Up to Greenpoint. Cut through McCaren Park. Then over to Grand and saw the flickering lights of the Italian Festival as it wound down for the night.  We stopped and strolled through the littered streets and smelled the persistent aromas of sausages, sugared cakes and calzones. Young sweaty boys shoved each other for the last spot at a shooting gallery game, younger girls twittered next to cotton candy stands in their sequined white dresses – burly policemen stood in bunches, waiting for the rides to shut down so they can go home to wavy TVs and dark bedrooms…

Now that Weez is a dear friend, I can’t help but worry.  Got a parking ticket already, but since I detached my license plate from its holder while I park, I don’t think it’s a big issue.  Apparently all scooter owners don’t have license plates when they park.  You just reattach it when you drive.  But conversely, if I park somewhere without a chain (i.e. not on the sidewalk or at home), if someone steals the bike, then I have no way of tracking it down because the license plate is not on..   ah.. the trade-offs!  I think I’ll stick with more flexibility.

The only problem with Weez?  I have helmet hair.

From the hard drive: traveling by river in Burma is like going back in time.

So much fun with these crazy cats: markcoatney ginag 

When I worked at Tumblr in the early days, we used to take meetings by walking around the block, getting coffee or tea. As the company grew bigger, meetings meant being in conference rooms.  
Now at my tiny startup, I find that taking active meetings helps Alaric and I whenever we have hard problems to solve.  We invented this game that we’re both terrible at: soccer tennis.  On certain Fridays, we take our co-founder meetings by kicking a soccer ball back and forth over a tennis net.  It helps our brains get creative when our bodies are more active.  Plus, it’s a lot of fun and works a lot of my core.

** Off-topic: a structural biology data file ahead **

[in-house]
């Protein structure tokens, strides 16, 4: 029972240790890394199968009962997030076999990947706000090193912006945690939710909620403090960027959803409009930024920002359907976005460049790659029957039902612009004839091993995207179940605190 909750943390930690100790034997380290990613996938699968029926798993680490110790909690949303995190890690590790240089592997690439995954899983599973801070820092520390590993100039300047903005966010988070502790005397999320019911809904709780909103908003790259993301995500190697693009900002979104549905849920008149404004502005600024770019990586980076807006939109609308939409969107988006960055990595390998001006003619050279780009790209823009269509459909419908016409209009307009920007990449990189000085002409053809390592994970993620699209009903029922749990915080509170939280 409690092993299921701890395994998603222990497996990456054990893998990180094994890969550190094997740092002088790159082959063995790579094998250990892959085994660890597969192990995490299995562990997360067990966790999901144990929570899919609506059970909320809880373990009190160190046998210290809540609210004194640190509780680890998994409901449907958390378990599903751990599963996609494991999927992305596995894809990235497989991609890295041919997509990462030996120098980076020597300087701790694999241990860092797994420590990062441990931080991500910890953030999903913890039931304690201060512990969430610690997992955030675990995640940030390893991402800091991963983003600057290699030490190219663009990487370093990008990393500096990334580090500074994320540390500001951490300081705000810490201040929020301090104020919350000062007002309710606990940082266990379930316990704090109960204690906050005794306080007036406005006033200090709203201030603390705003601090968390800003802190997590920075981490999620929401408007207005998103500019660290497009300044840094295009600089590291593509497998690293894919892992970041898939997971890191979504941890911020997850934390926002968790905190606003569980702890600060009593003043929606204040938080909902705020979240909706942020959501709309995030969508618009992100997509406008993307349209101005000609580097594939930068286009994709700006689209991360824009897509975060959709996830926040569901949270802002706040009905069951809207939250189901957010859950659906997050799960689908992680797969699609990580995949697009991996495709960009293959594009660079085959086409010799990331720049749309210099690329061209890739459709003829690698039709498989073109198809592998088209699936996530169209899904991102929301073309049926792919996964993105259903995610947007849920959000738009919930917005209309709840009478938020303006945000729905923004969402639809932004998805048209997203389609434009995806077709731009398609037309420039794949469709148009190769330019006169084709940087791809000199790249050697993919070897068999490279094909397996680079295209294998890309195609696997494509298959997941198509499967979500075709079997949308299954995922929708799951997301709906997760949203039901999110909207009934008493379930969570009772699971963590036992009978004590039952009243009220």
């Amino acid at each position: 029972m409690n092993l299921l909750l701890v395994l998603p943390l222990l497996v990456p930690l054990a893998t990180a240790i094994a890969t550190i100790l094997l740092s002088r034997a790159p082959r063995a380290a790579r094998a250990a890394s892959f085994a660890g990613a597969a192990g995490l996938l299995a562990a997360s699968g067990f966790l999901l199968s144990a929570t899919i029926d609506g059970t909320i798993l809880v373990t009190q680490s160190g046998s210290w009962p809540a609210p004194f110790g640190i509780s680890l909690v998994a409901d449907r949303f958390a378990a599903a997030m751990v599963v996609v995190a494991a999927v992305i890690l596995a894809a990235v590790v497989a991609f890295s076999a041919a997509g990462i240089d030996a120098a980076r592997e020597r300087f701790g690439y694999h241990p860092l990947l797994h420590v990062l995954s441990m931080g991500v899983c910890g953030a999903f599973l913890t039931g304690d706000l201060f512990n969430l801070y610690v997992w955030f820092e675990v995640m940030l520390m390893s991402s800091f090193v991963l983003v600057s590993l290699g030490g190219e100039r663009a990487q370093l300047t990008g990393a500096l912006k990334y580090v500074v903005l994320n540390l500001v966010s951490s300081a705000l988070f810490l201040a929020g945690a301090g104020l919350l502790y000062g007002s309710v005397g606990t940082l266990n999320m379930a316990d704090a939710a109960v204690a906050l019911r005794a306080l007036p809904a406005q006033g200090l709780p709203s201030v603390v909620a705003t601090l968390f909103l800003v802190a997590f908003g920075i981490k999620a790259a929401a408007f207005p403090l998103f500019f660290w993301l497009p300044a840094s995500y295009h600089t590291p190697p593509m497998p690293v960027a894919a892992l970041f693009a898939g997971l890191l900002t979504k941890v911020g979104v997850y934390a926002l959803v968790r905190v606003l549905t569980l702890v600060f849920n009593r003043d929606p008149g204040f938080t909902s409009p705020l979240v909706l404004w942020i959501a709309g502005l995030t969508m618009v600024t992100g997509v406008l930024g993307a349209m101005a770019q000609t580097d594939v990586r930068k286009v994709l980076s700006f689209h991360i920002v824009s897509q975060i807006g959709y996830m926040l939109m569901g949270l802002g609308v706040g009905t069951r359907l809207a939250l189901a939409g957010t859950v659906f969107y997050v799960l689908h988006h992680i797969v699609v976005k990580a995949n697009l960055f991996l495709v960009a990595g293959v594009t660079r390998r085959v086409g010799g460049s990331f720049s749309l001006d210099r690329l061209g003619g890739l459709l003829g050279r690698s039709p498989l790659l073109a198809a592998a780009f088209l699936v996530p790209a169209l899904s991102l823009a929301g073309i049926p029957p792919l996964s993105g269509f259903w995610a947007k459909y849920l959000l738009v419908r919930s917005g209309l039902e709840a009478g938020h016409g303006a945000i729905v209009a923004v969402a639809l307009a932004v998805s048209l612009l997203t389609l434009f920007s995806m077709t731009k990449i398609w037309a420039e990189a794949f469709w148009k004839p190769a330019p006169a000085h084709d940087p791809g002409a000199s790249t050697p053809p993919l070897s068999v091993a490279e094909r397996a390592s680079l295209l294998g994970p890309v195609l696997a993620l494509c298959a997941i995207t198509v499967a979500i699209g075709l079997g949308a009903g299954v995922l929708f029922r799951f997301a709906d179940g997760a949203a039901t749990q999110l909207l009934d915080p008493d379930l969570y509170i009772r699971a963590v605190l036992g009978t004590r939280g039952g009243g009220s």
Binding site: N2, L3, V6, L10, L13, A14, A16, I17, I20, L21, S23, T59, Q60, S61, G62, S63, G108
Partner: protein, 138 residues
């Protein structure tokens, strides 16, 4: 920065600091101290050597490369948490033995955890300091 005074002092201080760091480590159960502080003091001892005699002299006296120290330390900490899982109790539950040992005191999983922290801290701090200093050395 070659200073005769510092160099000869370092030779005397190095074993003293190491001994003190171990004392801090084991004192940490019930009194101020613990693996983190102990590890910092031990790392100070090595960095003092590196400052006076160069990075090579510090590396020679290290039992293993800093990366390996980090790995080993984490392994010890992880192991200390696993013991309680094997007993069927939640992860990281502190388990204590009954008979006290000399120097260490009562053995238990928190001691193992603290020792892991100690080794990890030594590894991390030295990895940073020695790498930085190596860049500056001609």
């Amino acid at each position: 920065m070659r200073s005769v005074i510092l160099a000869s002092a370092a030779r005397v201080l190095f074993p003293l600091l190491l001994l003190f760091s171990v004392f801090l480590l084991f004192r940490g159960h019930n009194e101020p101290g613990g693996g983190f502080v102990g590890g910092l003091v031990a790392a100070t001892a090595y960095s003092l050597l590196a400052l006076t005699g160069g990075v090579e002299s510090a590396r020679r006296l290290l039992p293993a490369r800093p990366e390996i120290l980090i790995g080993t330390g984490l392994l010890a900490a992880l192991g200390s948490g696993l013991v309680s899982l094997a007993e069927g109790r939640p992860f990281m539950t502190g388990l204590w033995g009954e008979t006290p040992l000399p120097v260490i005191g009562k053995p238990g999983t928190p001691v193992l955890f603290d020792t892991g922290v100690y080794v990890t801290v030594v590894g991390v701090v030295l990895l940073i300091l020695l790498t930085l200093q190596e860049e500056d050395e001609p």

There are no real rules except that you have to use your feet and you have to not let the soccer ball stop moving. 
We keep having to tell the tennis players that ‘yes, we are playing a real game’. Meetings - necessary - but they can be fun!

When I worked at Tumblr in the early days, we used to take meetings by walking around the block, getting coffee or tea. As the company grew bigger, meetings meant being in conference rooms.  

Now at my tiny startup, I find that taking active meetings helps Alaric and I whenever we have hard problems to solve.  We invented this game that we’re both terrible at: soccer tennis.  On certain Fridays, we take our co-founder meetings by kicking a soccer ball back and forth over a tennis net.  It helps our brains get creative when our bodies are more active.  Plus, it’s a lot of fun and works a lot of my core.

There are no real rules except that you have to use your feet and you have to not let the soccer ball stop moving. 

We keep having to tell the tennis players that ‘yes, we are playing a real game’. Meetings - necessary - but they can be fun!